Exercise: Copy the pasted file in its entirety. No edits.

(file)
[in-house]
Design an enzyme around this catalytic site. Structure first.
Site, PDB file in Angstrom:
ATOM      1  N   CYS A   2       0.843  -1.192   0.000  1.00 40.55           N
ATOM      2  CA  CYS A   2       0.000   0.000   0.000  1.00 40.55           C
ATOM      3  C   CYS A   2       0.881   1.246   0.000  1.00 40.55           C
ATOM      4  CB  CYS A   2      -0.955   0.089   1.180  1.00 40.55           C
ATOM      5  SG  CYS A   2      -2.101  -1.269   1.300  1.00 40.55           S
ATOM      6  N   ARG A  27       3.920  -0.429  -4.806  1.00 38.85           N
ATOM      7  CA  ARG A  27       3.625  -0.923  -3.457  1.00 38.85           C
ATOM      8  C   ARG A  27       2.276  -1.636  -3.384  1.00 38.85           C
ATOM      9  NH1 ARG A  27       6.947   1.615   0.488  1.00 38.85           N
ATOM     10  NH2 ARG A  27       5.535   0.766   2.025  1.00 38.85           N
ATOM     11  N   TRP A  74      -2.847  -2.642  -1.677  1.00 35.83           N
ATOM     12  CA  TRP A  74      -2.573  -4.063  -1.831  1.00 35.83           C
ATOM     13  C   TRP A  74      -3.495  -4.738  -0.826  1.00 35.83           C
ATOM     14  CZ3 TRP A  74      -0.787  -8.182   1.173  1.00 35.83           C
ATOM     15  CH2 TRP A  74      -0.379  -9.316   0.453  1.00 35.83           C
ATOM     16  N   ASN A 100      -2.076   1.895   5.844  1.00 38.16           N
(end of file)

[in-house]
Design an enzyme around this catalytic site. Structure first.
Site, PDB file in Angstrom:
ATOM      1  N   CYS A   2       0.843  -1.192   0.000  1.00 40.55           N
ATOM      2  CA  CYS A   2       0.000   0.000   0.000  1.00 40.55           C
ATOM      3  C   CYS A   2       0.881   1.246   0.000  1.00 40.55           C
ATOM      4  CB  CYS A   2      -0.955   0.089   1.180  1.00 40.55           C
ATOM      5  SG  CYS A   2      -2.101  -1.269   1.300  1.00 40.55           S
ATOM      6  N   ARG A  27       3.920  -0.429  -4.806  1.00 38.85           N
ATOM      7  CA  ARG A  27       3.625  -0.923  -3.457  1.00 38.85           C
ATOM      8  C   ARG A  27       2.276  -1.636  -3.384  1.00 38.85           C
ATOM      9  NH1 ARG A  27       6.947   1.615   0.488  1.00 38.85           N
ATOM     10  NH2 ARG A  27       5.535   0.766   2.025  1.00 38.85           N
ATOM     11  N   TRP A  74      -2.847  -2.642  -1.677  1.00 35.83           N
ATOM     12  CA  TRP A  74      -2.573  -4.063  -1.831  1.00 35.83           C
ATOM     13  C   TRP A  74      -3.495  -4.738  -0.826  1.00 35.83           C
ATOM     14  CZ3 TRP A  74      -0.787  -8.182   1.173  1.00 35.83           C
ATOM     15  CH2 TRP A  74      -0.379  -9.316   0.453  1.00 35.83           C
ATOM     16  N   ASN A 100      -2.076   1.895   5.844  1.00 38.16           N